International Journal of Endocrinology

International Journal of Endocrinology / 2020 / Article

Research Article | Open Access

Volume 2020 |Article ID 2393150 | https://doi.org/10.1155/2020/2393150

Tieying Qiu, Jin Huang, Weixing Wang, "Association between Diabetes Knowledge and Self-Efficacy in Patients with Type 2 Diabetes Mellitus in China: A Cross-Sectional Study", International Journal of Endocrinology, vol. 2020, Article ID 2393150, 8 pages, 2020. https://doi.org/10.1155/2020/2393150

Association between Diabetes Knowledge and Self-Efficacy in Patients with Type 2 Diabetes Mellitus in China: A Cross-Sectional Study

Academic Editor: Basilio Pintaudi
Received27 Dec 2019
Revised20 Apr 2020
Accepted08 May 2020
Published25 Sep 2020

Abstract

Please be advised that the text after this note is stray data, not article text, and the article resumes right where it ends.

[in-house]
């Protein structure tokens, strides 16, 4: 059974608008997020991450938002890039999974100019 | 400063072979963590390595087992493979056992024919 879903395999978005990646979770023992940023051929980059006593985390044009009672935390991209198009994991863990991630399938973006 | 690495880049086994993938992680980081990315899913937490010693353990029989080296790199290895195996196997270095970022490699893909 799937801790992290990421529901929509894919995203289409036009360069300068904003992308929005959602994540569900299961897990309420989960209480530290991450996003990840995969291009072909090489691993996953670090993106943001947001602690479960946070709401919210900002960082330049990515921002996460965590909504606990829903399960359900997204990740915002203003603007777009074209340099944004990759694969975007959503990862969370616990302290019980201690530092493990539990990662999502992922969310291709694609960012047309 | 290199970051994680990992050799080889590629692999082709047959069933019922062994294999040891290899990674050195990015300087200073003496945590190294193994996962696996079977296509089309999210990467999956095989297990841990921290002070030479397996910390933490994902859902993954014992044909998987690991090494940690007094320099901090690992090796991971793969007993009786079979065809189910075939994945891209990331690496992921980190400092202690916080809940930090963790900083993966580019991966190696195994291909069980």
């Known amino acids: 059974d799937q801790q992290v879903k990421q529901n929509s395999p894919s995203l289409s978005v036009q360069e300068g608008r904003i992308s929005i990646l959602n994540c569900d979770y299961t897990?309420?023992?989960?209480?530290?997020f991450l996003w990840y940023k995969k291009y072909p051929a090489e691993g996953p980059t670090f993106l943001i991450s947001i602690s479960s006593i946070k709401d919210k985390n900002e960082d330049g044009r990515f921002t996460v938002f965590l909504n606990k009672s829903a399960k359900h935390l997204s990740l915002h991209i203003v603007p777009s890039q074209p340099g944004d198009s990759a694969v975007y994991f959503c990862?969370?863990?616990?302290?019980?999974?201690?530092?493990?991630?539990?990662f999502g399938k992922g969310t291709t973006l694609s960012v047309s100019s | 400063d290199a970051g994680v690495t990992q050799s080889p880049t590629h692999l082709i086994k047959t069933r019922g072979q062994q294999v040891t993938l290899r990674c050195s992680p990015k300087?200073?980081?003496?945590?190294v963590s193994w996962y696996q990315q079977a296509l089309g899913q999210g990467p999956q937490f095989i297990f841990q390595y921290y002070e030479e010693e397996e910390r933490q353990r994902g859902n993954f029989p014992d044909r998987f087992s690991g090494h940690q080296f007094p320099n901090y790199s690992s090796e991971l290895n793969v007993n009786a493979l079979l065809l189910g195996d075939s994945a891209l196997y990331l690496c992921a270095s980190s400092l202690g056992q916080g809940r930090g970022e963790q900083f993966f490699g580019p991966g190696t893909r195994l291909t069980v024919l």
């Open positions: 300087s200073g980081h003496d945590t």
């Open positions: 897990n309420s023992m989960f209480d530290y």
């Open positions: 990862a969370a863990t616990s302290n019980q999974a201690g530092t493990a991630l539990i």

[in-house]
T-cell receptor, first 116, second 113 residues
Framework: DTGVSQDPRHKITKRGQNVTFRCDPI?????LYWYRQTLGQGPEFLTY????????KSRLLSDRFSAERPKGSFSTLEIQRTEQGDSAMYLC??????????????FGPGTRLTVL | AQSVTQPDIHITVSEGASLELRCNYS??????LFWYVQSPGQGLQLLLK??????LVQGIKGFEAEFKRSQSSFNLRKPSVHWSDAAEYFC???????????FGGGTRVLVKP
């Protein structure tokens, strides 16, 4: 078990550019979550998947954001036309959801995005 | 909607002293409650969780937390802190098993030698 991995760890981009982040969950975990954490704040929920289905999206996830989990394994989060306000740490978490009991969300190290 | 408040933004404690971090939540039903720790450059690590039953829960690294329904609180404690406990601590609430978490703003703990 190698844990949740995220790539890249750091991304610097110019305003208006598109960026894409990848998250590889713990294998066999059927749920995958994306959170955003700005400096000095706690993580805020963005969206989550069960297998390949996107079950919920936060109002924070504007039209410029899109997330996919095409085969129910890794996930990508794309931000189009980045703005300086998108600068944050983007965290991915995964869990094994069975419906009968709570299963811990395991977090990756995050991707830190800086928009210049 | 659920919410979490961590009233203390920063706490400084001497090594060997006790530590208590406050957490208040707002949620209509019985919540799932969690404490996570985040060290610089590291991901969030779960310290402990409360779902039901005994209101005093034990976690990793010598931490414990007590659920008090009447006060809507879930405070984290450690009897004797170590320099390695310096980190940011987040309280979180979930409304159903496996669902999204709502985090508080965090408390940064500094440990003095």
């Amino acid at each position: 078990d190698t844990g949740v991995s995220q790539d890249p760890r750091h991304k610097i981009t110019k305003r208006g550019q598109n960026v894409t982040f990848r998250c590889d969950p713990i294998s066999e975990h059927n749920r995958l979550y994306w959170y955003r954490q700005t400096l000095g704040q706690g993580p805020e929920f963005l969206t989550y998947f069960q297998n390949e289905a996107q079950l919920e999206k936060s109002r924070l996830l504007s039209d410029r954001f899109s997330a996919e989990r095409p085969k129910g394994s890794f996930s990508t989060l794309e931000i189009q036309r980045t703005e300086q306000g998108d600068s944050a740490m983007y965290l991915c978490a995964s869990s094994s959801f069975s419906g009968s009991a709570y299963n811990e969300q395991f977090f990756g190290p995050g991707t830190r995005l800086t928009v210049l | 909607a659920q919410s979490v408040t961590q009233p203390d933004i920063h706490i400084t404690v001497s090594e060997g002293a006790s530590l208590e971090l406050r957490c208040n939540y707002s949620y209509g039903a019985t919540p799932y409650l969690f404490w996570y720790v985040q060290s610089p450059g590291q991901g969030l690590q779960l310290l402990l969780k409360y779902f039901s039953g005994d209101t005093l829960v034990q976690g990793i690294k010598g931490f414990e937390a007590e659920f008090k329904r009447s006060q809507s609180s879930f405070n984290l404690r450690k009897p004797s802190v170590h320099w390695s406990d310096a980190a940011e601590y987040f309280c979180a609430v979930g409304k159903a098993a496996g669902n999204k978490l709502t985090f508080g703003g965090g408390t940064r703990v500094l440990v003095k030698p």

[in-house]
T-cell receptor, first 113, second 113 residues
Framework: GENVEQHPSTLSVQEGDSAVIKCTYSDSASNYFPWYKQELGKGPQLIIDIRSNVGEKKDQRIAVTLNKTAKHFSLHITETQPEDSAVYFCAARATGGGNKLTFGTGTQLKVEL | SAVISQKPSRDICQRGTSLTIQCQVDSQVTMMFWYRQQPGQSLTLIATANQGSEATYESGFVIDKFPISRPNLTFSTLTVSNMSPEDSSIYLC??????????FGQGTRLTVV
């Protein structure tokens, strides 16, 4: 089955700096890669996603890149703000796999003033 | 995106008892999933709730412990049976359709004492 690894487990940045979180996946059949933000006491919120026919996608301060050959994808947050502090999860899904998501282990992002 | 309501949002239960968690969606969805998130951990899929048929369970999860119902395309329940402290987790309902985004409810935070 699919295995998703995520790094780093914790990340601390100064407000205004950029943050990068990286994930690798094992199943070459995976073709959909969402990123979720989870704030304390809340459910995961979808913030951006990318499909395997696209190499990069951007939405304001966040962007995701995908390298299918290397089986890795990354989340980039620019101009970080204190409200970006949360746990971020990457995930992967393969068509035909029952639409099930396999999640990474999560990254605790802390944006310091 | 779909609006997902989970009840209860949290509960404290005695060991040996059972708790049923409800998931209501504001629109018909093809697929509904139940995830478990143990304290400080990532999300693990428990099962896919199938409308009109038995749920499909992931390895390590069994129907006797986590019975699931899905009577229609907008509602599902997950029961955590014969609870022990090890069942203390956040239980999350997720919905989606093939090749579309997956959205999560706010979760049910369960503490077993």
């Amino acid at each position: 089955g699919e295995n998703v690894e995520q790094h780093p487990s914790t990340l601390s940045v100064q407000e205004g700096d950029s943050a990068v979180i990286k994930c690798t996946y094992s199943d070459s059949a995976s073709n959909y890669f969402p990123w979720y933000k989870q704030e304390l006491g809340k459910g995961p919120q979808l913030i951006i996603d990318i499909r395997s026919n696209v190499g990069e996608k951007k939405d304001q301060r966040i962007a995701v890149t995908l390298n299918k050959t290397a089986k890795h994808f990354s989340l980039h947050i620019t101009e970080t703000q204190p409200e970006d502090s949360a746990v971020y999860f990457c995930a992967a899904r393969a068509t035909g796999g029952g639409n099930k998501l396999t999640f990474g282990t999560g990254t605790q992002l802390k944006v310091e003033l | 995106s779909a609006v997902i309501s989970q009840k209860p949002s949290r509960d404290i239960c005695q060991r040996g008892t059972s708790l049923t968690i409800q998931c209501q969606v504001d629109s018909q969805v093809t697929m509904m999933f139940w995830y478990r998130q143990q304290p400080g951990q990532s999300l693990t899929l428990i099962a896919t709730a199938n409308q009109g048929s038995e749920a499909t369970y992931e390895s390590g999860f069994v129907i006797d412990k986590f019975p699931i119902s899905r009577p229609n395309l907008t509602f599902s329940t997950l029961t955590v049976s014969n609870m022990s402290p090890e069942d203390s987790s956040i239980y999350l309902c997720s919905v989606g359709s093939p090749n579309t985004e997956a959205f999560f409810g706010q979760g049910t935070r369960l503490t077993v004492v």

Objective. This study aimed to explore the association between DM knowledge and self-efficacy in Chinese patients with T2DM. The influence factors for DM knowledge were explored, and evidence on interventions was provided to patients for information. Design. A cross-sectional survey was conducted in various hospitals in Hunan Province, China, from April 2017 to February 2019, by using multistage stratified randomized sampling. DM knowledge and self-efficacy were measured using the Audit of Diabetes Knowledge (ADKnowl) and the General Self-efficacy (GSE) Scale. The relationship between the ADKnowl and the GSE scores was analyzed using the Spearman correlation analysis. Differences in the ADKnowl and GES scores among groups with different sociodemographic characteristics were computed; significant variables and GES scores were input in the multiple stepwise linear regression model to predict the influencing factors of ADKnowl scores. Results. A total of 1,512 eligible patients with T2DM were included in this study, and their mean ADKnowl score was 59.04 ± 16.24. The top score of the eight dimensions in the ADKnowl scale was reducing the complication risk by 71.01%. The mean GSE score was 2.42 ± 0.59. The Spearman correlation analysis showed that the GSE score displayed a significantly positive correlation with DM knowledge at the ADKnowl scale (r = 0.172, ). The best fit multivariable linear regression analysis revealed eight variables that explained 37.6% of the variance of ADKnowl scores. They were diabetes-learning experience, educational background, complication, therapy, waist-to-hip ratio, diabetes duration, marital status, and GSE (R2 = 0.376, F = 5.971, ). Conclusions. In Chinese patients with T2DM, the self-efficacy in managing DM positively influenced DM knowledge. DM knowledge, as a protective factor, conversely improved the efficiency of self-management for T2DM. Some ignored influence factors in previous studies can be showed by investigating and analyzing from two scales. Health educators and promoters should help in developing DM knowledge and self-efficacy.